Know your role
As many of you know, I’m all about the latest, hottest, class-based games. Yep, you guessed it. I’m playing that game — the one all the cool kids are playing and the Destructoid staff posts about at least nine times each day. You can’t even enjoy Americanized Mexican fast food without it being shoved down your throat.
Yep, it’s that one.
Borderlands 2. I got it for a whole ten smackers at Wal-Mart because they just couldn’t get rid of PS Vita games fast enough.
And it got me to thinking: class-based games sure are all the rage these days. While some games give their virtual people names and personalities and that’s cool, they still fall into familiar roles from RPGs like tank, healer, support, crowd control, mage, or damage dealer.
The siren role in Borderlands 2 is essentially that of support and crowd control. The singularity she summons can bind enemies in the air, lower their defenses, and even charm them to kill her other enemies should they survive the binding. This is, of course, based on how you guide her skill trees. I built my siren’s skill set to resemble that of an enchanter one might find in EverQuest, even if the results play out a little differently.
Now there’s a memory. EverQuest enchanters were very steeped in support and crowd control, to the point your only offense really was controlling the mind of your nearest enemy. If my party’s thief or ranger brought back three more angry ogres to my group’s camp than he planned to, it was on me as the enchanter to bind the feet of Ogre #2, charm Ogre #3 and send #3 after Ogre #4 as the party dealt with Ogre #1. All that and I would have to recharge the mana of my allies with my spells.
Should anything go wrong or my charms be resisted, my only defense against monsters was the nearest tank or my flimsy, pretty, flowing robe. Thankfully, enchanters were popular enough that experience points lost on death were not gone for long.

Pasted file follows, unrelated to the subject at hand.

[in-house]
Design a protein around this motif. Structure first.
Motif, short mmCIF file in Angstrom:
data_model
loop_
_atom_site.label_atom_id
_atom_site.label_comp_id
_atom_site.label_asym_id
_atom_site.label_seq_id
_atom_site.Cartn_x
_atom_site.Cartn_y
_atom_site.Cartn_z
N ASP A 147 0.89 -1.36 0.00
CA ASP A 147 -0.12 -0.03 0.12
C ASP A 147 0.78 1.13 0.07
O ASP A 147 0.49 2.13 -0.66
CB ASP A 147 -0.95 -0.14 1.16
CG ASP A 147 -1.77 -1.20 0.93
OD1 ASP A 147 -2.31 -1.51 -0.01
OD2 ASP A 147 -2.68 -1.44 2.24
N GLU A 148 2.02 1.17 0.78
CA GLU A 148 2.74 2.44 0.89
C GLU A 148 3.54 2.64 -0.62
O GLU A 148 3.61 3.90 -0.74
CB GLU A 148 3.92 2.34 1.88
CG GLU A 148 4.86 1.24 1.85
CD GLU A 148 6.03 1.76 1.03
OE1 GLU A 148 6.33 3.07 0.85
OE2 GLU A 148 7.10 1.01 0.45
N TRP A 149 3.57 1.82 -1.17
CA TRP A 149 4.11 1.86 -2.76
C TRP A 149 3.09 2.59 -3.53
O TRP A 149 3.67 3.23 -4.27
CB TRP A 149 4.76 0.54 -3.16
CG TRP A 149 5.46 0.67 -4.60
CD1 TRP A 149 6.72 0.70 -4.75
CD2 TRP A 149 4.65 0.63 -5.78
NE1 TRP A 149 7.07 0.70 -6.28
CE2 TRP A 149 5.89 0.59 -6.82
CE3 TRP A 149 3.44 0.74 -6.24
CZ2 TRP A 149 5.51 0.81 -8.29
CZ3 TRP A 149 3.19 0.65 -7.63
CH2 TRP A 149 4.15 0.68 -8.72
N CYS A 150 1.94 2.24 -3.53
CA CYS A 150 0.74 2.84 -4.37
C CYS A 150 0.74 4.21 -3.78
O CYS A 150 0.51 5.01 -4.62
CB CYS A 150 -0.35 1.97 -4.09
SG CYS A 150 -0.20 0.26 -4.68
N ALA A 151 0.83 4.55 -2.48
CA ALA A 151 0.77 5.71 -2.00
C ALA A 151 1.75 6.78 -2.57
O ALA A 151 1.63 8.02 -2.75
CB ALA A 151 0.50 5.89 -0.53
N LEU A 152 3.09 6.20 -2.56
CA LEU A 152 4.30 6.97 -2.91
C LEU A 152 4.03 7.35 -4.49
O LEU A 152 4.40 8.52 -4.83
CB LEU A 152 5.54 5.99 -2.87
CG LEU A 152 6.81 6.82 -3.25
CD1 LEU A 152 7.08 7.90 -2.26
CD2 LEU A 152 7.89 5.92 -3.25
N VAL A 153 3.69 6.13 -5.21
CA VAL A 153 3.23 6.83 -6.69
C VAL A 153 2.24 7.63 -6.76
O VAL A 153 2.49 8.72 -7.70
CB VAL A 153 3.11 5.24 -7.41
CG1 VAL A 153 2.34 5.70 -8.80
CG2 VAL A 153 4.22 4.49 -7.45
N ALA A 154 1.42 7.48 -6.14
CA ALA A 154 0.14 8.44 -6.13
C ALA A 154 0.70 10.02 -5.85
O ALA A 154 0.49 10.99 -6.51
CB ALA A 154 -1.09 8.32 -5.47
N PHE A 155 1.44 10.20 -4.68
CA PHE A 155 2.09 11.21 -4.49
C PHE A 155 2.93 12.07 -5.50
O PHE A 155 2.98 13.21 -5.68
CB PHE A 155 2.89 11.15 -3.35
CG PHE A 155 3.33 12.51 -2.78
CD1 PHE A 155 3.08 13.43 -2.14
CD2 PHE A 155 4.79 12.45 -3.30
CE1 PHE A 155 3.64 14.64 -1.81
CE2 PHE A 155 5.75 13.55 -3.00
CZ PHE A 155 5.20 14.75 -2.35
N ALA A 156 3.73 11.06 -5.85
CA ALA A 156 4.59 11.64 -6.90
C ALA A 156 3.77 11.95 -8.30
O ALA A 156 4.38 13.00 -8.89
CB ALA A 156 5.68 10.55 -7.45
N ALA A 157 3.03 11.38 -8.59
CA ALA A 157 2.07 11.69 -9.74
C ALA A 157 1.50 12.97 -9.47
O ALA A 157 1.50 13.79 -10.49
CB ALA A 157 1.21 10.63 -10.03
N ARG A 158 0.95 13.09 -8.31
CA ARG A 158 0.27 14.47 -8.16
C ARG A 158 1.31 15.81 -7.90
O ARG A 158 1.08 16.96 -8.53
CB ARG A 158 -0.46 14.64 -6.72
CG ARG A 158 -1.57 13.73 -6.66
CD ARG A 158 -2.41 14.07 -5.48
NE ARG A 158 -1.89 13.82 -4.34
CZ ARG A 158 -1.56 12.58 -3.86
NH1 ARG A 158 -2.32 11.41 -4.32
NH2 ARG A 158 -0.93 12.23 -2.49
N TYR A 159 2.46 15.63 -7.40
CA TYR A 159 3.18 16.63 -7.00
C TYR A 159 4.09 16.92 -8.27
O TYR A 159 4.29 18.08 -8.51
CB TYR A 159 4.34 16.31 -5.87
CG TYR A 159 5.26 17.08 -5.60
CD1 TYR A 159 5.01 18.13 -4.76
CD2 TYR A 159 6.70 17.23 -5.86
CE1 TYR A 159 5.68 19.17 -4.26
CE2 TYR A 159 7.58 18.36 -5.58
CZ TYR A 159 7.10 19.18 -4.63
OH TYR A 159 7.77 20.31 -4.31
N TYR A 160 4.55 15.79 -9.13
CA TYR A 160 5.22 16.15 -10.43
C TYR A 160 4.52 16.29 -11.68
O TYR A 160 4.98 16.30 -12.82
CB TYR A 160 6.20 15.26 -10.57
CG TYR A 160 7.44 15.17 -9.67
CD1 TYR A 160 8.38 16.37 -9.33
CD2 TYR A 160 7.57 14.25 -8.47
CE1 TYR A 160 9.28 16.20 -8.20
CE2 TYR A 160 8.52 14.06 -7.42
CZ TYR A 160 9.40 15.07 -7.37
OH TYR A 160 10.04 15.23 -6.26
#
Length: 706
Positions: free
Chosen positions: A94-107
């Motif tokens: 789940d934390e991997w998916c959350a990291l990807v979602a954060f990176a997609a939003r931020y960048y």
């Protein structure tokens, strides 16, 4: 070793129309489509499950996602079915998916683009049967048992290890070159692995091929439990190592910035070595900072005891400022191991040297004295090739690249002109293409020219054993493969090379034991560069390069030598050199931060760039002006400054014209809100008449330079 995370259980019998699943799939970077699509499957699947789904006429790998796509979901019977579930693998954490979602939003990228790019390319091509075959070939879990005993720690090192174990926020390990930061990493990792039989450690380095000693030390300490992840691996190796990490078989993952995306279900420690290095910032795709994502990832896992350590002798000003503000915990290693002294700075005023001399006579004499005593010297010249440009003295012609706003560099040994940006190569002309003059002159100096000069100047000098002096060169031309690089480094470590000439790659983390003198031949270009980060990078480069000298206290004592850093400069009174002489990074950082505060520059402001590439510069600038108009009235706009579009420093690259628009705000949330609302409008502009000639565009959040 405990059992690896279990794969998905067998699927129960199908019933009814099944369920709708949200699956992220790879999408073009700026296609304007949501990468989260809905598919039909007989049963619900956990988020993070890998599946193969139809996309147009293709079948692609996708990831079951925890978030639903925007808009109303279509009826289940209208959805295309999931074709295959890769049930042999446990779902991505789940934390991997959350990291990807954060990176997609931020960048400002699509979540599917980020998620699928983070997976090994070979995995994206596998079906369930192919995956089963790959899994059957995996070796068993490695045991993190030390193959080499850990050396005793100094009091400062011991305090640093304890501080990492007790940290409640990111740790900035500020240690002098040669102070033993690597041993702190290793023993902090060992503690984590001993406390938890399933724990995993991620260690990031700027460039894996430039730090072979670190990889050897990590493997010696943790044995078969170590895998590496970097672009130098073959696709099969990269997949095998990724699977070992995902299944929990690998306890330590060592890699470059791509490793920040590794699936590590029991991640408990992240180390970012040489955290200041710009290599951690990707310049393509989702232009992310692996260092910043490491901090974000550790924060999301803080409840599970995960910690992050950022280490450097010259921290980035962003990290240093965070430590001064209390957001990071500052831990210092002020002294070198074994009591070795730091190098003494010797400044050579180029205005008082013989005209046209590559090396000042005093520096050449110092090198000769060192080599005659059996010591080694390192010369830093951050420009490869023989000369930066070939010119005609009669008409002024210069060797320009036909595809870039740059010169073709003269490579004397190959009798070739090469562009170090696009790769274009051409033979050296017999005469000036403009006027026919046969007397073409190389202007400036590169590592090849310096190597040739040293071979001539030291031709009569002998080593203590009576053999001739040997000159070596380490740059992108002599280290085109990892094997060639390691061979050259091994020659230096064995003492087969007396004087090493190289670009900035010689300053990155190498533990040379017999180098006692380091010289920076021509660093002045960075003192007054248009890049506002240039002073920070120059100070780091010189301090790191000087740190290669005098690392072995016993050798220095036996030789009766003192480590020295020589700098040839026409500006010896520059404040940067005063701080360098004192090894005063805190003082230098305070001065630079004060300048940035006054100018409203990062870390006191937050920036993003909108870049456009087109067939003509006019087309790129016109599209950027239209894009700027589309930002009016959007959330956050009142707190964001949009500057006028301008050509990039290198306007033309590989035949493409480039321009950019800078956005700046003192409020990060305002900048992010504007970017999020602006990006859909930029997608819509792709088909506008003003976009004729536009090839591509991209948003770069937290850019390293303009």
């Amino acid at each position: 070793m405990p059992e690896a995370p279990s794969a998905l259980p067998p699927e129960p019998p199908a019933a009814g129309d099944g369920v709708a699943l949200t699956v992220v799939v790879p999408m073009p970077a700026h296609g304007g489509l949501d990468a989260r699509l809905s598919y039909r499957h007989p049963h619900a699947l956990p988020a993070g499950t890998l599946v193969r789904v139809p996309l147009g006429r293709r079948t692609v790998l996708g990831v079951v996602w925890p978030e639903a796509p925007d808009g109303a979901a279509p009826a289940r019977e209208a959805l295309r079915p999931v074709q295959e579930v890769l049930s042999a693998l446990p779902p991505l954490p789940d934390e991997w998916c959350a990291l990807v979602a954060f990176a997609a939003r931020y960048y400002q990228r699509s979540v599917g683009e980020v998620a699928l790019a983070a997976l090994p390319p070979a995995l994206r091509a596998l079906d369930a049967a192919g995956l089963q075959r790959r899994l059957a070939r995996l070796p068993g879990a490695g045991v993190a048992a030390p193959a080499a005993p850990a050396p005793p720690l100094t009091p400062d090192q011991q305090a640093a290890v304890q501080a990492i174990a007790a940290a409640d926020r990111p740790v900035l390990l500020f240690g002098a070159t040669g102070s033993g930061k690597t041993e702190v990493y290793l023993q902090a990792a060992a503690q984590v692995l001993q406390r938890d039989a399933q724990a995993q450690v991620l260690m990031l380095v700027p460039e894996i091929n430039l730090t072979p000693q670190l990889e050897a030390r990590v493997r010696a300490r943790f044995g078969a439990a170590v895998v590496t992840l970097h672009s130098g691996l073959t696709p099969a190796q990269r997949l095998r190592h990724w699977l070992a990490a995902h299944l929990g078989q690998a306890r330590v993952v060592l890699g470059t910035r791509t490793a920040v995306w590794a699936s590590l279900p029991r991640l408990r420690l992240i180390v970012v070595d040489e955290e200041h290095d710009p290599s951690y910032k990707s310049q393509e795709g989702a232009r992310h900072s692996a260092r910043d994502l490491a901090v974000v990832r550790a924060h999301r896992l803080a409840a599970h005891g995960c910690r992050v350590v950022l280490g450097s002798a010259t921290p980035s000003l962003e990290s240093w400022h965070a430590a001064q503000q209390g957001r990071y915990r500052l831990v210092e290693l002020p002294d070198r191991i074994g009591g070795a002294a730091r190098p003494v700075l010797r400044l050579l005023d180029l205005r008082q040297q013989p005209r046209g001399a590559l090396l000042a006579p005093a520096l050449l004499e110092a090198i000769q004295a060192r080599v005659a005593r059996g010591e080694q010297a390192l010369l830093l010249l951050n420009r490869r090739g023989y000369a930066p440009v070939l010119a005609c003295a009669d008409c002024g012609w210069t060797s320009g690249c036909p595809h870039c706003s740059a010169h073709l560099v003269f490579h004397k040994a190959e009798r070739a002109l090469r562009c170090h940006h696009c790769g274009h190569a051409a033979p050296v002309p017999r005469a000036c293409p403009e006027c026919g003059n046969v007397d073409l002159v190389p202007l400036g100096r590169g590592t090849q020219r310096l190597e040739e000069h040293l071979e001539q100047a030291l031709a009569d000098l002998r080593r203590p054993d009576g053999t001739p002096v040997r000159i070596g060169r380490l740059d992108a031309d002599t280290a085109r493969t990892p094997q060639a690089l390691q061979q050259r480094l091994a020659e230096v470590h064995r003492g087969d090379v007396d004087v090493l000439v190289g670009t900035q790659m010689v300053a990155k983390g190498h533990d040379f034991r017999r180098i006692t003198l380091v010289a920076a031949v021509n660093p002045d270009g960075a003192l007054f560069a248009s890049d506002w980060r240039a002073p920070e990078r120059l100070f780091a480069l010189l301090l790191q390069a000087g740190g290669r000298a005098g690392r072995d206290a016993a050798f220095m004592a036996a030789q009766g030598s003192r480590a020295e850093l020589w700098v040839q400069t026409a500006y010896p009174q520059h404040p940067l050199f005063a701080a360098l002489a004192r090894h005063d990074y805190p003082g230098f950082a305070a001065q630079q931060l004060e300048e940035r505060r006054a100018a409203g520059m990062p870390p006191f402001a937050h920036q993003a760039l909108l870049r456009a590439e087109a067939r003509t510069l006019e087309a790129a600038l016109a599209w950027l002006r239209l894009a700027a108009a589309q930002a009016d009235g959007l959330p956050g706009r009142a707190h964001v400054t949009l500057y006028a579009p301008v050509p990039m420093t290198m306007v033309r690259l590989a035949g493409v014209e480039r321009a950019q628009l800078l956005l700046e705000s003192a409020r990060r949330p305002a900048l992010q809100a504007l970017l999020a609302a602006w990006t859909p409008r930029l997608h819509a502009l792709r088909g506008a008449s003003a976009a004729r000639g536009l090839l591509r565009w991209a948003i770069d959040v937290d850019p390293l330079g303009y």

And there’s another aspect of job classes. Offline, you can do pretty much whatever you please. There’s no consequences or judgement, so you can experiment with job classes freely. Online, however, you can and will be judged to varying degrees and your job class choice sometimes becomes subject to the whims of what resembles a high school popularly contest.
As a result, everyone who receives the short end of the stick berates the developer on forums for their class not being the bee’s knees until a content update is made. Then the development team is briefly worshiped before they become hated again. Just ask anyone that works for Blizzard, who watch over their loving fans, always.
Class systems clearly have their ups and downs. They can present great opportunities for strategy when classes are working in tandem with each other. They present opportunities for escapism and roleplaying as well. Or, regrettably, they sometimes have a way of reminding us of the world we tried to escape in first place.
So, what job classes Zarya into? Which games do they hail from? Are you a Bastion of high defense, like a paladin? A party D.Va like a bard? A healer that thrives on cries for Mercy? Maybe you don’t fear the Reaper and play a berserking damage dealer or prefer to be the ranger that snipes their enemies from afar with a Widowmaker.
No matter what your favorite job class Mei be, rush over to the community blogs to write about our latest Bloggers Wanted prompt, “Keep it classy” — just don’t be a Roadhog on the way over and be sure apply the “Bloggers Wanted” tags when you’re done.
Remember: Who dares, Winstons.